The Muliwai Trail to Waimanu Valley is a strenuous 9-mile switchback trail that climbs 1,200 ft to the top of a ridge, then descends into the Waimanu Valley. The views into Waipio Valley as you start up the trail (often called Z-Trail) are incredible. Z-Trail Now, if you thought the view from the Waipio Valley lookout was fantastic. We recommend hiking across Waipio Beach to the other side and up the valley wall for a peek into the heart of Waipio. You can see the trail from the lookout. It is the zigzag cut into the side of the cliff. When hiking across the beach you will have to wade through Waipio River which dumps into the ocean. Only try this when the tide is low and always try to gauge the speed and depth of the water before crossing. If you are wearing hiking boots, bring water shoes for this part of the journey. Your feet will thank you later. Once you are at the end of the beach a small path leads to a gate. Do not go through the gate, instead look to your right for several signs that mark the trail head. The walk to the third (and best) switchback is only about half an hour. The trail begins in a very wooded and mosquito ridden area but eventually opens up on the side of the cliff. Once you reach the third switchback, turn around and take in the vast natural sight before you. From this side of the valley you can see deep into the heart of Waipio. If you look closely you should be able to see the lookout and parking lot. From this vantage point you can see the cascading Hi'ilawe Falls flowing through a crease in the valley wall. Notice how far back the valley reaches as it cuts around gently sloping cliff sides.
Waimanu Valley If you are eager to explore the beauties that lie beyond Waipio's far ridge, you can continue along Muliwai Trail (Z-Trail) and down into Waimanu Valley. If only it were as easy as it sounds. This trail is not for the novice hiker. Once you reach the top of the ridge, it is another eight miles of hiking through gorges and over hills to reach Waimanu Valley. Do not attempt to do this hike in a single day. You will have to cross 13 streams along the way, so it is not advised during the rainy season where unbelievable amounts of mud and swollen streams will make the trek dangerous and significantly less enjoyable. The descent into Waimanu can be tricky. Once you reach the end of the switch backs, cross the stream to the campsites on the other side. Do not drink the water straight from the stream. It must be purified to be suitable for drinking. If you are one of the adventurous to make the trip, you will likely have the valley to yourself. Waimanu has all the charm and beauty of Waipio without the people. At one time several hundred people lived in Waimanu until a tsunami made them leave for good in 1946. You may encounter some of the ruins on your exploration. Waimanu is bursting with waterfalls, including the spectacular Wai'ilikahi Falls on the far side. Camping permits are required. It is worthwhile to make your visit last at least a few days. Your permit will allow you to stay for a maximum of seven days and six nights. Get one well in advance by calling the State Division of Forestry and Wildlife in Hilo at 808-974-4221. If you do camp overnight, park your car at Waipio Valley Artworks for a small fee. No overnight parking is allowed at the lookout, plus your car will be safer in their lot. The store is located on Kukuihaele Road which branches off to the left when you are leaving the Waipio Valley lookout. MULIWAI TRAIL MAP You can view our Muliwai Trail Map on the Map tab above or view our larger Muliwai to Waimanu Valley trail map.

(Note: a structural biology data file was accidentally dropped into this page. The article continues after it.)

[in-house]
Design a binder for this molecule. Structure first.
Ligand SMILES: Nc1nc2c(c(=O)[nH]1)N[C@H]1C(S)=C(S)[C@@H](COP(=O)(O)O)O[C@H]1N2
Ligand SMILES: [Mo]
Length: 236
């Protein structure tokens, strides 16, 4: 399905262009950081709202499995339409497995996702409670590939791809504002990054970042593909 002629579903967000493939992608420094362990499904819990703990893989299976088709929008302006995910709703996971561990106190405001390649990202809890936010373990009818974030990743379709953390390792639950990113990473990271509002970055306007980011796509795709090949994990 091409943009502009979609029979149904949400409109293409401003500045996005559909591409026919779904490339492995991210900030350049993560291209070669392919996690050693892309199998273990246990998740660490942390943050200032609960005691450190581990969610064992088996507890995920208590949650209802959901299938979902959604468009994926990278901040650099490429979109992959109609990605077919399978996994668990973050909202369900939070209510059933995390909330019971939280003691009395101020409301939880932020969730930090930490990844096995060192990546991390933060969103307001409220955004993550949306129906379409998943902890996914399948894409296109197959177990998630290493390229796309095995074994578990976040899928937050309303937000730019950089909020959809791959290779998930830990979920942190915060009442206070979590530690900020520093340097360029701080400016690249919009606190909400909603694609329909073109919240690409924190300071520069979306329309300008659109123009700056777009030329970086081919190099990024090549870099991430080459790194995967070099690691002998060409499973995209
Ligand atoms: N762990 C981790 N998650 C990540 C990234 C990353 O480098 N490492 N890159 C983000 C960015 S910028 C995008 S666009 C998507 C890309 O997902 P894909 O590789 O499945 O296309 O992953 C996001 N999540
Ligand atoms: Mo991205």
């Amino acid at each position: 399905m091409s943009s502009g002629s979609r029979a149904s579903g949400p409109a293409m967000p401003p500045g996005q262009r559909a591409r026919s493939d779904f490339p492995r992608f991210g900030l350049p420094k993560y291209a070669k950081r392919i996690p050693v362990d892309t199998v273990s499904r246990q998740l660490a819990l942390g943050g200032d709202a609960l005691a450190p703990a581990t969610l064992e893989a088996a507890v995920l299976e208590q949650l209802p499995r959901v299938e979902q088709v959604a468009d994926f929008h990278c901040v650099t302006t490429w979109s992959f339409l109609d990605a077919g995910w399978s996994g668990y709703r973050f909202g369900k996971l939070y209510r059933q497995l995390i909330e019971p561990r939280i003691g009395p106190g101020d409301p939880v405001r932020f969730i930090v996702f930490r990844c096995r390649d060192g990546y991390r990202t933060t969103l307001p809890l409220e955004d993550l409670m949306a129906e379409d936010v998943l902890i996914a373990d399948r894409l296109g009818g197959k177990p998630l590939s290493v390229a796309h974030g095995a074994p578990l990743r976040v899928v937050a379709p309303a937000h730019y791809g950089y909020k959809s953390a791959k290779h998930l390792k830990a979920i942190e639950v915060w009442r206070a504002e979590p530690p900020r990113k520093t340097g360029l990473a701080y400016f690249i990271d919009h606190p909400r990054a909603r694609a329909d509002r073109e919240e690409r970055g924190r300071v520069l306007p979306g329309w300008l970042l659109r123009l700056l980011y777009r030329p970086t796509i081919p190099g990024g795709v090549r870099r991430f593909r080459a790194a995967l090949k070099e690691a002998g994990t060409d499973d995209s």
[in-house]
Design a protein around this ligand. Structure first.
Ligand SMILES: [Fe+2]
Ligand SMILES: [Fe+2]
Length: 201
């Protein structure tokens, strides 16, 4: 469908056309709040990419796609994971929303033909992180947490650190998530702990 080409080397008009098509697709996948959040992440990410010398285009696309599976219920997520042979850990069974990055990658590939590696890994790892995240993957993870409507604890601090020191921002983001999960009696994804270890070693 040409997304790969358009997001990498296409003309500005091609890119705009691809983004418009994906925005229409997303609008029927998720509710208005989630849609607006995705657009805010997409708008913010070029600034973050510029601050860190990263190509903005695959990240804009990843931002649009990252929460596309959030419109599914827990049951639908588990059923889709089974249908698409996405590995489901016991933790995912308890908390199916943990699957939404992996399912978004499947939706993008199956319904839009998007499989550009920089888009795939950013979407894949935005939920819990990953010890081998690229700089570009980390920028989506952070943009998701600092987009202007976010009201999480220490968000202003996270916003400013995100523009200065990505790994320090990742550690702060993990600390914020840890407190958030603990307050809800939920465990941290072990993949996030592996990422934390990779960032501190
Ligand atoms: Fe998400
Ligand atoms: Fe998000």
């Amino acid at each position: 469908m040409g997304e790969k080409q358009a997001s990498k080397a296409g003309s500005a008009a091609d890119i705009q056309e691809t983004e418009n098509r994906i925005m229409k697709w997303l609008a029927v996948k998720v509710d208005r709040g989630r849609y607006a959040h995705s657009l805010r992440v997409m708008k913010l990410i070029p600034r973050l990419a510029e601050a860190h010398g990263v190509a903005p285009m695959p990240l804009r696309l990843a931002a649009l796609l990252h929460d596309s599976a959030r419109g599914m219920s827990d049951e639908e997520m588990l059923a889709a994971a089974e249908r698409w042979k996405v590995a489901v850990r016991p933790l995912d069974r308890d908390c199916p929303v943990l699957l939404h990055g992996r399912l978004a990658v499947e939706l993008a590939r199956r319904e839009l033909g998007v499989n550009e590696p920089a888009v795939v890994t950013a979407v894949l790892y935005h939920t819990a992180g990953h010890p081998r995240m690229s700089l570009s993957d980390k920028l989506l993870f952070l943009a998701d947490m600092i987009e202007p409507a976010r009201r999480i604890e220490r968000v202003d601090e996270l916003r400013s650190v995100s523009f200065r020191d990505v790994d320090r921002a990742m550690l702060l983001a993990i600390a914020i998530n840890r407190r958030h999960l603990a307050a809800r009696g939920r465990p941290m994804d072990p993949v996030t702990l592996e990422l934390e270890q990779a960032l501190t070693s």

Article Edited/Contributed by: John C. Derrick